Archive for the 'Family Law' CategoryPage 2 of 19

An Update on Reproductive Rights: New Abortion Laws in 2013

A Recent California Law Increases Access to Abortion

California Assembly Bill 154, recently signed into law by Gov. Jerry Brown, increases access to abortions for women during the first trimester. The bill allows abortions to be performed by non-doctors including trained nurse-practitioners and medical assistants. While Planned Parenthood applauds this measure as yet another reproductive rights victory in California, others see the issue differently.Abortion Laws

Aside from opposition based on moral grounds, there are worries about potential health hazards associated with non-physicians performing abortions. First trimester abortions are not completely safe; therefore, complications may result.

It is unclear how many nurse-practitioners or other medical assistants will opt to participate in abortion certification training. If many choose to forgo certifications and to not provide abortions, the hoped-for benefits of the “wider access” may be far less than expected.

California’s new abortion law highlights an issue in the medical field regarding class disparity. While affluent women are able to afford care in surgery-ready hospitals, others are given a “free choice” to only seek inferior care for reproductive health issues. Although abortions may be a relatively straightforward medical procedure, they should always be performed with care. By providing widespread access to potentially sub-par health care, abortion procedures may be trivialized.

Harsh Anti-Abortion Legislation Continues to Undermine Freedom of Choice   

California’s new law unfolds against the backdrop of a nationwide curtailment of reproductive rights for women. It has been reported that 43 abortion-restrictive laws have been passed by various states in 2013. Since 2007, more than 100 abortion-restrictive measures had been successfully passed across the nation by state legislatures. While it is not clear, such abortion restrictions may have a disproportionately negative impact on the less affluent.

Some abortion restrictions may undermine the pro-choice victories in Roe v. Wade. For example, most abortions after the twelfth weeks of pregnancy are banned in Arkansas. In North Dakota, abortion may be banned as early as six weeks into the first trimester, when fetal heartbeat may be traced. This is one of the most restrictive laws concerning abortions in the entire nation.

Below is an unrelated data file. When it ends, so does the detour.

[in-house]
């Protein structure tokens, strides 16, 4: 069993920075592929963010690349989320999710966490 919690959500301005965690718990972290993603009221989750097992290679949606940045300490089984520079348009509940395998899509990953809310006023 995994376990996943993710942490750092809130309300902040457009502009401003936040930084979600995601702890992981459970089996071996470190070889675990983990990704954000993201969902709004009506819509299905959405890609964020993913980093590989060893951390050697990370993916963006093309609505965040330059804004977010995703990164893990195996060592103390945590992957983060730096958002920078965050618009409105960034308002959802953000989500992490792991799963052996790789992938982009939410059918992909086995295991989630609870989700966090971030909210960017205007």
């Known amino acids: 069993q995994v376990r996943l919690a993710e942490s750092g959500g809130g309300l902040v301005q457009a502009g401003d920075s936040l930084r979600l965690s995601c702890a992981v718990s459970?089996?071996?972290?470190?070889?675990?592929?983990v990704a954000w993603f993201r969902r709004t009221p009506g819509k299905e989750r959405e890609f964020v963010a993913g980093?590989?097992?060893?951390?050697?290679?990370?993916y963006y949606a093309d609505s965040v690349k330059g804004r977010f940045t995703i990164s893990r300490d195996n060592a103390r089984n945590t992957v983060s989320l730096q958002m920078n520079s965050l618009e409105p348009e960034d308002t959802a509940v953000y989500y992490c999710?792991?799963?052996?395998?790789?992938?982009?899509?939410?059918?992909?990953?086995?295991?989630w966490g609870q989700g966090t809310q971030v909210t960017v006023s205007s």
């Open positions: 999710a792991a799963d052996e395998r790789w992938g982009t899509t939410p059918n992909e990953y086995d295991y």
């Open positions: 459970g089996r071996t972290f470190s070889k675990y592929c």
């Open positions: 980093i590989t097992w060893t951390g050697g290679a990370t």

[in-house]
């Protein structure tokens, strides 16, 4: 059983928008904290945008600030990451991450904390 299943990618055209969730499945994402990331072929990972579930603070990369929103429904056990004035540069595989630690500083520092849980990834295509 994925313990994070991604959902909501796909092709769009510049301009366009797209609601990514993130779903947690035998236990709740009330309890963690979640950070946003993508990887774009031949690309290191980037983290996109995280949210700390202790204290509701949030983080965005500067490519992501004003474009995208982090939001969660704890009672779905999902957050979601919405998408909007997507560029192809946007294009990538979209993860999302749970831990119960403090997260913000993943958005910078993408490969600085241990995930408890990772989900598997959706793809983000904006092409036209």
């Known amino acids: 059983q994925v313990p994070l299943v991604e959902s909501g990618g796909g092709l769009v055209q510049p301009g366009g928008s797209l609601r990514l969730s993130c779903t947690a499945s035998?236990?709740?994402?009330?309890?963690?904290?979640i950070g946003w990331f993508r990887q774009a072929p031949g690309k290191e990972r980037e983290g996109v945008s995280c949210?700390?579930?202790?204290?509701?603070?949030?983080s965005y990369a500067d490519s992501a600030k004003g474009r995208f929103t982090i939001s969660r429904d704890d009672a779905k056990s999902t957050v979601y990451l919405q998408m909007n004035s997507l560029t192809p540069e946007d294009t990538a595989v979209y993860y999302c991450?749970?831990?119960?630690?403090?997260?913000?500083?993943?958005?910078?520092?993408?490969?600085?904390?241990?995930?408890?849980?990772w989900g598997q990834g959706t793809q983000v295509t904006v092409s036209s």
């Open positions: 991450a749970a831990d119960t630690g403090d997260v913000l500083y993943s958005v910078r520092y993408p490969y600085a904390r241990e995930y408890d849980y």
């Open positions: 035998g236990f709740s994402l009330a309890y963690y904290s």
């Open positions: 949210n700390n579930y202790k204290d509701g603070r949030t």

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Erasing Your Child’s Internet Presence

When I was in high school, there was a small controversy at my school regarding an Iranian-American student beaten up in a bathroom by other students. The beating was caught on film and the students who bullied the victim were foolish enough to put the video online. The video has since been removed. I don’t know who took the video down, but California passed a law this year which would require websites to give the bullies the right to take down such incriminating evidence.Kids Online Privacy

SB-568 – The Right to Remove Internet Content for Minors

A few months ago, I wrote on the right to be forgotten. Back in May, the right to expunge one’s own web presence was merely a theoretic exercise. Well, California has jumped the bridge from theory to actual law. The new law, SB-568 (fresh out of clever acronyms?), requires websites to give minors the ability to delete their own postings, be it text, photo, or video. The law also requires websites to clearly inform minors how they may go about deleting the information they posted. SB-568 defines “minor” as a person 18 years or younger. Information that  was uploaded by a third party or that has been subpoenaed cannot be removed. The law will be implemented in social media websites in 2015.

Proponents of the new law, including the governor, see the new law as a means to protect children from themselves. Kids will be kids, SB-568 supporters claim, and children shouldn’t be penalized for that. Indeed, the direction of the law seems to support the idea that there is a right to Internet privacy. Federal law already limits the information a website can collect from children who are 13 or younger. Other laws require websites to publicly reveal what information they are collecting and with whom that information is shared.

Drawbacks to SB-568

Despite its good intentions, SB-568 has a number of flaws. First, the new law is nearly useless. The embarrassing video on YouTube might be shared on Facebook. If it was uploaded by a third party, the user still can’t touch that content.